Robohub.org
 

The new Honda ASIMO

by
20 November 2011



share this:

The most famous humanoid robot, Honda’s ASIMO has a new version. A few days ago Honda presented a more advanced model and performed a small display of its new capabilities. Meanwhile the robotics sector of Honda is now an official entity under the name Honda Robotics.

The new ASIMO is lighter and faster. It weighs 48kg (6 less than the previous version), it can run faster, reaching 9km/h (instead of 6km/h) and it has improved dynamic stability. It can hop, move over uneven surfaces, kick a ball and even compensate to small perturbations like an accidental push. It may not be yet as stable as for example the robots of Boston Dynamics, but we shouldn’t forget that they are either tethered prototypes or multi-legged robots while ASIMO is a biped that moves freely.

 

 

Advancement of its intelligence capabilities allow it to acknowledges data from its surroundings and act autonomously. It takes into account other people’s movement and adjusts its path according to where they are and also where it predicts they go. Additionally it has advanced face and voice recognition and can interact when multiple persons address to it.

The new version has 57 degrees of freedom, 23 more than before. This increase is mostly due to the much more advanced fingers. As displayed in the photos above and in this video, ASIMO can perform elaborate movements and handle a variety of objects with advanced dexterity.

For the first time in its long history, ASIMO is available in three different colors. At first this looks like a minor detail (considering the color variations are very discreet) but it may well be the most important new feature as a hint to a future production version. With the establishment of Honda Robotics as a separate division that covers all robotic research, and product applications the day when ASIMO or other robotic products will be commercially available becomes closer. Honda has the resources to pursue this goal and can endure the extremely steep process of developing an elaborate product for consumer use.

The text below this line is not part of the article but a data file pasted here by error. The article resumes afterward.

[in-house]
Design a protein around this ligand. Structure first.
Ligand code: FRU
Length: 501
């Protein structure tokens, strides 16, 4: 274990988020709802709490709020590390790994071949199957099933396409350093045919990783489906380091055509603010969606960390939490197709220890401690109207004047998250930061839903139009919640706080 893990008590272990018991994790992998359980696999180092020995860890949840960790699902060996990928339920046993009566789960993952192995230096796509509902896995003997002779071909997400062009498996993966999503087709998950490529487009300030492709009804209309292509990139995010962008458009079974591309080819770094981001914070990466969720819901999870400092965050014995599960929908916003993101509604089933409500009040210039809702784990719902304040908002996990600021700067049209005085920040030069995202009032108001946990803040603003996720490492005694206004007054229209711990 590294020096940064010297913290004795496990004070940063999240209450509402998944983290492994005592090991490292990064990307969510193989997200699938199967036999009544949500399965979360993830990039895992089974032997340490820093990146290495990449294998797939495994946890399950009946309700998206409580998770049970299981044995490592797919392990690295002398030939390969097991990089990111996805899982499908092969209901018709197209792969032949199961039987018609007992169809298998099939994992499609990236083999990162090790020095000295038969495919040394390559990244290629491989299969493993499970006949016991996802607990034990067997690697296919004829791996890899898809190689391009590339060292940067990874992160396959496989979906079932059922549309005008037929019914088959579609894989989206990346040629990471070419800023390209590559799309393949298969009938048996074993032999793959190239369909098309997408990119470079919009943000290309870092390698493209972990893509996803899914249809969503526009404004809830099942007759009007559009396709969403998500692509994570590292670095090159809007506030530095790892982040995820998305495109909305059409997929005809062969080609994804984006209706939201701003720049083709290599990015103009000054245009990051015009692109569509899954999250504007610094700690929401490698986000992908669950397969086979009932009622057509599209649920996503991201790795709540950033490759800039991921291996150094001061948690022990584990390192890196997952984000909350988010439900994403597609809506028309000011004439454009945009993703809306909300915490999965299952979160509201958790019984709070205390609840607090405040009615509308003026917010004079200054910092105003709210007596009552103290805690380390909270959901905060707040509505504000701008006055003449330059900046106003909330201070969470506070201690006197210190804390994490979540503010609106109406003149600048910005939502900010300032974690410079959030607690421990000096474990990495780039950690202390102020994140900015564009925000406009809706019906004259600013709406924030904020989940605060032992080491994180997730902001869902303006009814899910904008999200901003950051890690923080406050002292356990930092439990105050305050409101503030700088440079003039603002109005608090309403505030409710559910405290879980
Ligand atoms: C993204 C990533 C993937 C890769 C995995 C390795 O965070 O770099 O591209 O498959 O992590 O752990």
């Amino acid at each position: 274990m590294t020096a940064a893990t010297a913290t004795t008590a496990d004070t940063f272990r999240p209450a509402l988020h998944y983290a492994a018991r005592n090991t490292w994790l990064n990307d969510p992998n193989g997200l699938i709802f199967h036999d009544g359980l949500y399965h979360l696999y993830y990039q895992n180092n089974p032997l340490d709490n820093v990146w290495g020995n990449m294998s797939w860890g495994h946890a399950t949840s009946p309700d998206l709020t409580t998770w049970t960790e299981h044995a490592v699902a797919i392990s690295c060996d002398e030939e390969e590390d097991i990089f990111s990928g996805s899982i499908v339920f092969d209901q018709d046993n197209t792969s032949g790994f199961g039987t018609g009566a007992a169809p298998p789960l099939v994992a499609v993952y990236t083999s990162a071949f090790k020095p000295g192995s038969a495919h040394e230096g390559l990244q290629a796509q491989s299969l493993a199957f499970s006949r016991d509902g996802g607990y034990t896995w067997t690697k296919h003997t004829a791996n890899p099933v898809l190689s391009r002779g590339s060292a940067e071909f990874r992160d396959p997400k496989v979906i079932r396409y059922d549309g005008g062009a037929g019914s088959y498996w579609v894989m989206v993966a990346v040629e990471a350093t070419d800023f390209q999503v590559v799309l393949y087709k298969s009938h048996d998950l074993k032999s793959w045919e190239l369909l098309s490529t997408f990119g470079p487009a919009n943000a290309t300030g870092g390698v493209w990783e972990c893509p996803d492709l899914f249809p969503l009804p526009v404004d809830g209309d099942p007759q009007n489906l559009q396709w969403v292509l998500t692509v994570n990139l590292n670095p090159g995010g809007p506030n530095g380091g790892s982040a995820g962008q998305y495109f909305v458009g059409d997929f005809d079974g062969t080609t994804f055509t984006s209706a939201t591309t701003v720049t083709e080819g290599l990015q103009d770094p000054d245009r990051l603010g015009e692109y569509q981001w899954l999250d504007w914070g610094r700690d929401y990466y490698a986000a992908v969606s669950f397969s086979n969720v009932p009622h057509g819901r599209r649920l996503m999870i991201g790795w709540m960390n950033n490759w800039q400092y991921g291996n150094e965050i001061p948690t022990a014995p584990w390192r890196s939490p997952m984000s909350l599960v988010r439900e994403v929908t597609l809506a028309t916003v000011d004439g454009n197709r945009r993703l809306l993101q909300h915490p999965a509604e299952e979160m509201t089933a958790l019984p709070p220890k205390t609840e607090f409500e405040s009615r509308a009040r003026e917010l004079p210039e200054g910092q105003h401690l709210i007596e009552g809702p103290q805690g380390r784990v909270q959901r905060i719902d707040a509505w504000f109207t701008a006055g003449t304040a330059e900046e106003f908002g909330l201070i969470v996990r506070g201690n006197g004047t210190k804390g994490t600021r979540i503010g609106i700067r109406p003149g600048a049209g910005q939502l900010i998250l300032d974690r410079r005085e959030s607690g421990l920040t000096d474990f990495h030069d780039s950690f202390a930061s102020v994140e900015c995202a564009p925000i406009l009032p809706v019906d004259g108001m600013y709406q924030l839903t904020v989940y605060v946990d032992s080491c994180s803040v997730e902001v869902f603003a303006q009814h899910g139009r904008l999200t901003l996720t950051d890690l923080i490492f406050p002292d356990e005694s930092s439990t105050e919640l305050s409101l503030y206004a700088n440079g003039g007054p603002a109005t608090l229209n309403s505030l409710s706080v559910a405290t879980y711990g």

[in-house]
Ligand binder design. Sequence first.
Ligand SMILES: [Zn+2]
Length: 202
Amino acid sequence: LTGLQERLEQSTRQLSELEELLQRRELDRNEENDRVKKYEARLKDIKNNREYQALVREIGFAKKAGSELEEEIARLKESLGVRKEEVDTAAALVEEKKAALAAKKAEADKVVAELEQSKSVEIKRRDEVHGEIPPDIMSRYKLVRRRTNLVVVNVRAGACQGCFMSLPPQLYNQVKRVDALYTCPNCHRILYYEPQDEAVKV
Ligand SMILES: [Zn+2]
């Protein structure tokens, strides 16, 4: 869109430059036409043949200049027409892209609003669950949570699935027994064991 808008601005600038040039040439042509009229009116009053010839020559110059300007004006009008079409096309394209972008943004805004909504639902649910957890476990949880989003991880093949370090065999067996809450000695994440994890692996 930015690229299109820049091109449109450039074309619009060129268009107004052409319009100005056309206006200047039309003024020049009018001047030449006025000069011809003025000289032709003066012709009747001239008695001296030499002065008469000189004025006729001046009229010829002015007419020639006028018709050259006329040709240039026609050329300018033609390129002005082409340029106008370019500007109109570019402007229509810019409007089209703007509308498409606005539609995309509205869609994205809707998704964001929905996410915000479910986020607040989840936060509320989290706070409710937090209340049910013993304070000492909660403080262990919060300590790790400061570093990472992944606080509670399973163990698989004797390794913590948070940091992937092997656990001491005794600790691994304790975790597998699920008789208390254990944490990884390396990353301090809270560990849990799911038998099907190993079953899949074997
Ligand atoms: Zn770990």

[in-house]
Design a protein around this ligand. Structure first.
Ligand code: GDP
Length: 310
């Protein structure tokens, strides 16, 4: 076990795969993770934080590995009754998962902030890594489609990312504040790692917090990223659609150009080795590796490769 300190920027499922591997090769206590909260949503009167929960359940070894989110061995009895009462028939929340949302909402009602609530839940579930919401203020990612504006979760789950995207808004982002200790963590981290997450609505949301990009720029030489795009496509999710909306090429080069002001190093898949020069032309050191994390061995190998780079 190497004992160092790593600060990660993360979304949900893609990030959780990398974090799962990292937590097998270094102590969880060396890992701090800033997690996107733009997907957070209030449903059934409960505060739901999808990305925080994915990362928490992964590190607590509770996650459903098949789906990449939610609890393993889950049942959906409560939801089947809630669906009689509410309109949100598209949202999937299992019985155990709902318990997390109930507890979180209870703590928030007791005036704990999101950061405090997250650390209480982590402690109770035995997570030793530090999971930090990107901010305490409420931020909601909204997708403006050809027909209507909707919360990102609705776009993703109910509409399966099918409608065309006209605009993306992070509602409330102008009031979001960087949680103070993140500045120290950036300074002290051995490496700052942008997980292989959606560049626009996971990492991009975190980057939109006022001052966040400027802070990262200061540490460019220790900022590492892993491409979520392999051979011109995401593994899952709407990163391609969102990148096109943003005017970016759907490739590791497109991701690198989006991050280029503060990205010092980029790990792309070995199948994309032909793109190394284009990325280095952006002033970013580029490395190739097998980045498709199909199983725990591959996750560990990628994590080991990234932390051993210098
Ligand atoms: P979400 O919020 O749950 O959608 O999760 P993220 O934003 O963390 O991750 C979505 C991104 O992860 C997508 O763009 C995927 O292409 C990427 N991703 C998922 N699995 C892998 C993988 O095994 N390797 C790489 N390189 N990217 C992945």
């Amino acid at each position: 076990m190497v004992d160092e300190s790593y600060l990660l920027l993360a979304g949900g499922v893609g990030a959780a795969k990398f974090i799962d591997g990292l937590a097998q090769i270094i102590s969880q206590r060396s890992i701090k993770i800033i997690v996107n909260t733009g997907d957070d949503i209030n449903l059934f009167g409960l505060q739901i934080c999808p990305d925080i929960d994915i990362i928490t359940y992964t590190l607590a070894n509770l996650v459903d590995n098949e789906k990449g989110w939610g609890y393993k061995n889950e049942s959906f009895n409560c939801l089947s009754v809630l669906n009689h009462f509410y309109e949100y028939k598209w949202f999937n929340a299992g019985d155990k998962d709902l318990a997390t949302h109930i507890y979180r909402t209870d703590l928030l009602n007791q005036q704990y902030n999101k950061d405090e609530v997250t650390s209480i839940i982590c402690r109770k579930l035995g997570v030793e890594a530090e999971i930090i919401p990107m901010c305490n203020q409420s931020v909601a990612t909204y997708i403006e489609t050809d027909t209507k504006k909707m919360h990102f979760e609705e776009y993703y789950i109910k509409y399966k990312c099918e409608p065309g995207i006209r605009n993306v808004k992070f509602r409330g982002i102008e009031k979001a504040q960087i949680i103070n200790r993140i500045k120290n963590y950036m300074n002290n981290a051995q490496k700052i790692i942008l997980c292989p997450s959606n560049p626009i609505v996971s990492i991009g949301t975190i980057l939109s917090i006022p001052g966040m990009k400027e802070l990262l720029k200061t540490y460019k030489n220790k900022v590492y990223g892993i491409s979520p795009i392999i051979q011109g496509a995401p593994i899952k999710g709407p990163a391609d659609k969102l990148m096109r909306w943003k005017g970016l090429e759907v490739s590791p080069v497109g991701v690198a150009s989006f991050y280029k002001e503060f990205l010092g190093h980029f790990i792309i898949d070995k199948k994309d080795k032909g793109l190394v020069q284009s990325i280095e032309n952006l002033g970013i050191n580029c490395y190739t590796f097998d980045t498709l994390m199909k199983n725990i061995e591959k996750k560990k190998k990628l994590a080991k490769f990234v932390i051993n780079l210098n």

You can read the official press release by Honda:http://world.honda.com/..All-new-ASIMO/..
Videos from the presentation:http://moriyama.com/archives/3122 (via PlasticPals)

(Images & Video : Honda )



tags: , , , , , , , , , , ,


Ioannis K. Erripis joined the ROBOTS association in early 2011 as a news reporter and now leads all technical aspects of the Robohub project, including website design, implementation and branding.
Ioannis K. Erripis joined the ROBOTS association in early 2011 as a news reporter and now leads all technical aspects of the Robohub project, including website design, implementation and branding.





Related posts :



Looking beyond “technology for technology’s sake”

Whether building robots or helping to lead the National Society of Black Engineers, senior Austen Roberson is thinking about the social implications of his field.
08 December 2022, by

Estimating manipulation intentions to ease teleoperation

Introducing an intention estimation model that relies on both gaze and motion features.
06 December 2022, by and

Countering Luddite politicians with life (and cost) saving machines

Beyond aerial tricks, drones are now being deployed in novel ways to fill the labor gap of menial jobs that have not returned since the pandemic.
04 December 2022, by

Call for robot holiday videos 2022

That’s right! You better not run, you better not hide, you better watch out for brand new robot holiday videos on Robohub!
02 December 2022, by

The Utah Bionic Leg: A motorized prosthetic for lower-limb amputees

Lenzi’s Utah Bionic Leg uses motors, processors, and advanced artificial intelligence that all work together to give amputees more power to walk, stand-up, sit-down, and ascend and descend stairs and ramps.

Touch sensing: An important tool for mobile robot navigation

Proximal sensing often is a blind spot for most long range sensors such as cameras and lidars for which touch sensors could serve as a complementary modality.
29 November 2022, by





©2021 - ROBOTS Association


 












©2021 - ROBOTS Association